U Magazine, Winter 1988




Heart and soul

USO lost a little bit of its heart and soul on October 9. That's the day College of Arts and Sciences Dean C. Joseph Pusateri's earthly existence ended suddenly and unexpectedly. It was typical of Dr. Pusateri that few of his colleagues even knew about the cancer that claimed his life. Never one to focus the spotlight on himself, he was nonetheless much respected by his colleagues and students alike. His faculty admired him for his loyalty to them; his students praised his teaching ability and his knowledge of United States history. He also was accessible to those who needed him. Messages to the dean's office never went unreturned very long. And he cared - very much - about people. It wasn't always obvious from his words, but his actions spoke louder anyway. Dr. Pusateri also was a champion of the liberal arts and of learning simply for learning's sake during his decade on campus. He once wrote,"... We are breaking away from a concept of education as merely a rite of passage or a preparation for maturity. Instead, we are coming to a recognition of the continuousness and pervasiveness of what takes place in college. The purpose of education, at least in this place, is not just to learn how to make a living, but to learn how to make a life that is worth living." Joe Pusateri knew how to make a life worth living. We shall miss him. Another bit of the University's heart and soul will depart campus in early February. That's when Sr. Virginia McMonagle, USD's number one friend-raiser, heads for Haiti and life as a friend and helper to the dying and orphaned in that nation. During her nine-and-a-half years on campus as director of constituent relations - a job title she's always detested because of its obtuseness - Sr. Virginia has earned her way into the hearts of hundreds of students, alumni, parents and friends of the University alike. How? By caring. By doing the little things that make this world a better place. Like checking up on ill students for concerned parents. Like finding secondhand clothing for students unable to buy any. Like remembering birthdays and anniversaries of her friends: Yes, there never will be another Sr. Virginia at USO. And that's okay. We don't want anyone to compete with our memories of the University's Superfriend. D DODOO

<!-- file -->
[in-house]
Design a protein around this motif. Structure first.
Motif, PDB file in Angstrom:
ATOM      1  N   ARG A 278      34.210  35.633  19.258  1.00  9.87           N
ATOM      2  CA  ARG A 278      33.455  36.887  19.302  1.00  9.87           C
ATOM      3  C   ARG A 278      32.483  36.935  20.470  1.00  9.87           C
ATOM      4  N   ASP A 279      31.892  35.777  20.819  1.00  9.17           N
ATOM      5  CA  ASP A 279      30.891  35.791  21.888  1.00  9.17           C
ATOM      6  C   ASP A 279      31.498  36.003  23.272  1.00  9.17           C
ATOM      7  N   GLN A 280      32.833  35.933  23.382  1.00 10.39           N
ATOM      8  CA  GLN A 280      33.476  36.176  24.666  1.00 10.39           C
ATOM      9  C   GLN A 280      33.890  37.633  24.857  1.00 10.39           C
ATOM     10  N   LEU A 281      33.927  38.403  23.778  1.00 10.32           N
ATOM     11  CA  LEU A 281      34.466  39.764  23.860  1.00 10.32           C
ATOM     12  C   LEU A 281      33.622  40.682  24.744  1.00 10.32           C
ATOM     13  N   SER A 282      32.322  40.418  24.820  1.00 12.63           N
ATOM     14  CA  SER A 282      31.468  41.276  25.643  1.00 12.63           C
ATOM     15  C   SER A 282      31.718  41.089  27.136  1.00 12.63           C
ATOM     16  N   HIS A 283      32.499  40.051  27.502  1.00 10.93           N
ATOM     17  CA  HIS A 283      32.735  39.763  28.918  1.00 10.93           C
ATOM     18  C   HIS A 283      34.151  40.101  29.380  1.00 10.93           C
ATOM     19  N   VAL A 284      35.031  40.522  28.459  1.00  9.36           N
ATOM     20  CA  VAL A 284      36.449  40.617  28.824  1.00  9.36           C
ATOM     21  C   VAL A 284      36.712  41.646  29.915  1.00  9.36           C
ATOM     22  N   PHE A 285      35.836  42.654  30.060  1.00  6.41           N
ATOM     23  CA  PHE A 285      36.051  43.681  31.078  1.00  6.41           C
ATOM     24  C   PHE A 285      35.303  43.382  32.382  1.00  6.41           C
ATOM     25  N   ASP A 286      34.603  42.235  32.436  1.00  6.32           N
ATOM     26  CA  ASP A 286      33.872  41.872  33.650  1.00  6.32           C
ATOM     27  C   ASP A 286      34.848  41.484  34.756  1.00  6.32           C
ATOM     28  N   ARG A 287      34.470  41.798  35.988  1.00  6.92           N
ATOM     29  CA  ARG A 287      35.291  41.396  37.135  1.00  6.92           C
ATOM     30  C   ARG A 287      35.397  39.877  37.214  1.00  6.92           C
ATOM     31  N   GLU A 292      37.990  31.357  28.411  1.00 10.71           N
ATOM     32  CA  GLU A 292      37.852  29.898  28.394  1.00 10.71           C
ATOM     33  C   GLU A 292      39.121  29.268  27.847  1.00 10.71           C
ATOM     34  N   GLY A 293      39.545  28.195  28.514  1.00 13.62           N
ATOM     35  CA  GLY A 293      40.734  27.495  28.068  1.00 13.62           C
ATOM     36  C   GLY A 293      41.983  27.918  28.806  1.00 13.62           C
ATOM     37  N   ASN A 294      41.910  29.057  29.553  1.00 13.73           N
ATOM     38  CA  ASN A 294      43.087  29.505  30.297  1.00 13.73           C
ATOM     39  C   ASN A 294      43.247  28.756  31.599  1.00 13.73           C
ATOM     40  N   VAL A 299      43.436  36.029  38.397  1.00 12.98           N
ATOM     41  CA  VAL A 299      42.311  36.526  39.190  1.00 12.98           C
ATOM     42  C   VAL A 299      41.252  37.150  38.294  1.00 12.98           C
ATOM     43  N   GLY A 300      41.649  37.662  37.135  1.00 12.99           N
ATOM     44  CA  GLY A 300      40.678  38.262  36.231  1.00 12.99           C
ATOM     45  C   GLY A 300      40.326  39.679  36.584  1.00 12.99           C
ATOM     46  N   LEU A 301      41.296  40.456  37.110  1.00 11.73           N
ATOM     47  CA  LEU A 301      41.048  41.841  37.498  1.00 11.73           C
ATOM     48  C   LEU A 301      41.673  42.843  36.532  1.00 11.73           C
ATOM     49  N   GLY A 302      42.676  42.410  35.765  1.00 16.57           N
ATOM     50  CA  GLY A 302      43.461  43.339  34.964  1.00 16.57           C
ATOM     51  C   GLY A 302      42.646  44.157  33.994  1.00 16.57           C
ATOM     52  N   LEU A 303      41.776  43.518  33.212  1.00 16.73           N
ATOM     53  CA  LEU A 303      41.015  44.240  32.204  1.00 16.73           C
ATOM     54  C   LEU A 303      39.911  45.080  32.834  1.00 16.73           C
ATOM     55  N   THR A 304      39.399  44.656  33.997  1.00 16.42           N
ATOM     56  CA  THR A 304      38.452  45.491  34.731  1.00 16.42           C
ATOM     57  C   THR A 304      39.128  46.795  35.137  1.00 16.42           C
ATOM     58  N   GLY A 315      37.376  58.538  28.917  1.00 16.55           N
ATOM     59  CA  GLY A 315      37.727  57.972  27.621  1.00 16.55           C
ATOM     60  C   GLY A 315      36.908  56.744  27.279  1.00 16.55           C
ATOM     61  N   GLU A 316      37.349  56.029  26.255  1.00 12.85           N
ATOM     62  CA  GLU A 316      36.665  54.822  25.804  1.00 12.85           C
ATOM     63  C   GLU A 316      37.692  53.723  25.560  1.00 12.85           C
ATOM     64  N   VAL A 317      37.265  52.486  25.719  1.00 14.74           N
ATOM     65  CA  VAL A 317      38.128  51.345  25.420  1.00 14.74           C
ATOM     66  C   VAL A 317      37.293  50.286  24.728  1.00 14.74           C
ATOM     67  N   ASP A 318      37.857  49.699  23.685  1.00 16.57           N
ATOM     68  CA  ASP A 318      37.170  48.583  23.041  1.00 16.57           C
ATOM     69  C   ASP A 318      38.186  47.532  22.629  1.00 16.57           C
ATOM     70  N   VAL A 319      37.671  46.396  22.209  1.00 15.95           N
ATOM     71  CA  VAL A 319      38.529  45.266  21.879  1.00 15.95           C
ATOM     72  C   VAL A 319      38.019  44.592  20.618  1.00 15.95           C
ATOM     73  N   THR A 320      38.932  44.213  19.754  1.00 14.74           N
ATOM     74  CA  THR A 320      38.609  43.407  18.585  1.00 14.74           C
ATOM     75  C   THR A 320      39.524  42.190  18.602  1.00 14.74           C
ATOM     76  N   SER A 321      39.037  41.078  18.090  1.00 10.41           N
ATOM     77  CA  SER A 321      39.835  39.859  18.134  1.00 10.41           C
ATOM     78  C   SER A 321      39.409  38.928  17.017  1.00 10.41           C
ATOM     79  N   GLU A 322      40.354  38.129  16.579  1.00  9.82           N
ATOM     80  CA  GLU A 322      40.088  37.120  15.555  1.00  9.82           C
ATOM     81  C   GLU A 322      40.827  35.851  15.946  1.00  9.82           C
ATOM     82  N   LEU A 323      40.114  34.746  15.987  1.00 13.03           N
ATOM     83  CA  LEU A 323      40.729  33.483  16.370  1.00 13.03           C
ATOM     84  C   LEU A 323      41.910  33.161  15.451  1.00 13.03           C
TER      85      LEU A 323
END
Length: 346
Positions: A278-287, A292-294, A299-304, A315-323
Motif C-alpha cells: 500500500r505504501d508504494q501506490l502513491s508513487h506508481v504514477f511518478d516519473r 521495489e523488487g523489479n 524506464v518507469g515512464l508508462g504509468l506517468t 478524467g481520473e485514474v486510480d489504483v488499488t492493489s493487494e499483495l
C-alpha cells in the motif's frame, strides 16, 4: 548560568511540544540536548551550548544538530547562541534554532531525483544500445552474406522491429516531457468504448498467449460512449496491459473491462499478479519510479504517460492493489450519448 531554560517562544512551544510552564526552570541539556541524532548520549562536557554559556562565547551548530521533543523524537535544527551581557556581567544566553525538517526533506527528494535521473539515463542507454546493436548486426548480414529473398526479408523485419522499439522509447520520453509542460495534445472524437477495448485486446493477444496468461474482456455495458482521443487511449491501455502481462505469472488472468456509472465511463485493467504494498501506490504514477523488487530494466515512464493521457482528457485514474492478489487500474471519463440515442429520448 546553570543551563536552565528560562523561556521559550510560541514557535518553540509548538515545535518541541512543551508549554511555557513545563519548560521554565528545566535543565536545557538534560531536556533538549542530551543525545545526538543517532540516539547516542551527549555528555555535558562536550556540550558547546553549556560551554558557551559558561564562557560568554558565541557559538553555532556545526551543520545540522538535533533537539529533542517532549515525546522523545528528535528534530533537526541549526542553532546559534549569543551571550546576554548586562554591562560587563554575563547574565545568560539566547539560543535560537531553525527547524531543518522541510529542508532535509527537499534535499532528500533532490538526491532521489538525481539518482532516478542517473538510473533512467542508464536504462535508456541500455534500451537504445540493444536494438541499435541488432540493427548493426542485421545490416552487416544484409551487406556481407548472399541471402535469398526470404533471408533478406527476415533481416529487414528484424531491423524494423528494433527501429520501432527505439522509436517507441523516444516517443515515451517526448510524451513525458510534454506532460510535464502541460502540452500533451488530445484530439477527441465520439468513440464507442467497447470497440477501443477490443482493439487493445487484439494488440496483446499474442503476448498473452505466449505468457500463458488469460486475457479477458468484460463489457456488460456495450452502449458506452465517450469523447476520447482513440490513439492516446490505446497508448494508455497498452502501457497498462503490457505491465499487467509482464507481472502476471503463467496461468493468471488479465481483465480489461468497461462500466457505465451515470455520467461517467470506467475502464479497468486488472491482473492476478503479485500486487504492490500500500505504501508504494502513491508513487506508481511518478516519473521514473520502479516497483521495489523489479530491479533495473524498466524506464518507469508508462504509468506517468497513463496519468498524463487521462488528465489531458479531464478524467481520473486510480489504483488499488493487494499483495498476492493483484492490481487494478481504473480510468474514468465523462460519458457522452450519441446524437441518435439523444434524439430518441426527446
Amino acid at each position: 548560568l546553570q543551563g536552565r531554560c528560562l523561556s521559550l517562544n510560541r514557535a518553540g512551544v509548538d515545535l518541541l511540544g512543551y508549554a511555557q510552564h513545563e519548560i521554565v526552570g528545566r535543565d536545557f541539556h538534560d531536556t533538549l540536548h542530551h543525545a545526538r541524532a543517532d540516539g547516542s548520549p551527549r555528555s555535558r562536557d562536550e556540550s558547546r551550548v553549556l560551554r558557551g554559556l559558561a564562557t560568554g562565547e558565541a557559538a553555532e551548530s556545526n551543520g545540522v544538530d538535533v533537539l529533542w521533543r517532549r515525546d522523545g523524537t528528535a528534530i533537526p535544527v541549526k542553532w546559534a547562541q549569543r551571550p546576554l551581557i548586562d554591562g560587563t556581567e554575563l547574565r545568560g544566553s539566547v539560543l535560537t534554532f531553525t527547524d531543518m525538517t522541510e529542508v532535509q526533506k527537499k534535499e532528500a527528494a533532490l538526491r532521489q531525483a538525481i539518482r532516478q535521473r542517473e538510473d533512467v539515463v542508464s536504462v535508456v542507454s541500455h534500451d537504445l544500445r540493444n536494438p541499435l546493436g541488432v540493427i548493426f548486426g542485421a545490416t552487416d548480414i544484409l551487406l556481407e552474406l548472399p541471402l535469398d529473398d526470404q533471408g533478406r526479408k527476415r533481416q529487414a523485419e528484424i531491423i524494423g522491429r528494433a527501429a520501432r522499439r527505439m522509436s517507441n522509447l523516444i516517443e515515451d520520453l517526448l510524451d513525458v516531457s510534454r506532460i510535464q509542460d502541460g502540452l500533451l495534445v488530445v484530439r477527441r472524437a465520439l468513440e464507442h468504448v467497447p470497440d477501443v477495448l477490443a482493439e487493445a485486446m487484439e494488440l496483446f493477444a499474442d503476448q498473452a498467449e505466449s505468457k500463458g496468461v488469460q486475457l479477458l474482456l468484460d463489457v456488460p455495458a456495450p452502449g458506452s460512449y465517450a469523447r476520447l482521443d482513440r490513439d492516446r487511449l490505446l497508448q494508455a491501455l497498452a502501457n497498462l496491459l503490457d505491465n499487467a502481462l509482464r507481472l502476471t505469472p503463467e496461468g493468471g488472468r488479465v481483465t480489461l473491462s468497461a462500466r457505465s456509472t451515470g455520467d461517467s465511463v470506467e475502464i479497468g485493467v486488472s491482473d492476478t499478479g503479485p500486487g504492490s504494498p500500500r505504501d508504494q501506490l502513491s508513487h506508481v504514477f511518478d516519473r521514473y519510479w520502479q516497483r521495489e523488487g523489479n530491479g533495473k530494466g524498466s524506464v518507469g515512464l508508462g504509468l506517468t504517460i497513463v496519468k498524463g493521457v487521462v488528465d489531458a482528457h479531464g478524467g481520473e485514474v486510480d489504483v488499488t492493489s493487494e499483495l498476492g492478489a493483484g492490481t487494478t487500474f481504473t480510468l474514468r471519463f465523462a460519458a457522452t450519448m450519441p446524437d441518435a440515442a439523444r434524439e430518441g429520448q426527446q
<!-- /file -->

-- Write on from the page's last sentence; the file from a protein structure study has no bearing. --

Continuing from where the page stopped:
John Sutherland

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